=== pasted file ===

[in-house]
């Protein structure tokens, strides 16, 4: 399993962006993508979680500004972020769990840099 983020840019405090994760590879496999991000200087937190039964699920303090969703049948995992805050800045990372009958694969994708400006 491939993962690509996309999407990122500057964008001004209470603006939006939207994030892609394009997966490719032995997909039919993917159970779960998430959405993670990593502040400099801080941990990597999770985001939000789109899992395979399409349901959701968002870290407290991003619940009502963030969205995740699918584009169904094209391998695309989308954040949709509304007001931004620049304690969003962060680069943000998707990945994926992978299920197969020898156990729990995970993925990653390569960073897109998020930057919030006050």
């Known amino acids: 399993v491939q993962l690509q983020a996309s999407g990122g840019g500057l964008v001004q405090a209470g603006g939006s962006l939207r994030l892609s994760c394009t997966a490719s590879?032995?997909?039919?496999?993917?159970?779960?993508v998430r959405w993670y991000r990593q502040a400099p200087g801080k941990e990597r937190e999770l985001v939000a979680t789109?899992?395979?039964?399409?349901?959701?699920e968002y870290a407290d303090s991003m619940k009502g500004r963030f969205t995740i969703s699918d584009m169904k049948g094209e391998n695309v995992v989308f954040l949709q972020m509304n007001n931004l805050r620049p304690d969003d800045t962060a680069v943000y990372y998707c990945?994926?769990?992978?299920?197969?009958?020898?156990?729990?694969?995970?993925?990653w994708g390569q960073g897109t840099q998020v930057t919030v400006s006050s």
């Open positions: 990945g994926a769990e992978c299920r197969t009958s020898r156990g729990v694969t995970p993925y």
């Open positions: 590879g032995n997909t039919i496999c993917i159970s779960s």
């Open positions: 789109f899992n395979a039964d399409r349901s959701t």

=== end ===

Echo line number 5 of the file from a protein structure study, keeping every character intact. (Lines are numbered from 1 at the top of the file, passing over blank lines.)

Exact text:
């Open positions: 590879g032995n997909t039919i496999c993917i159970s779960s």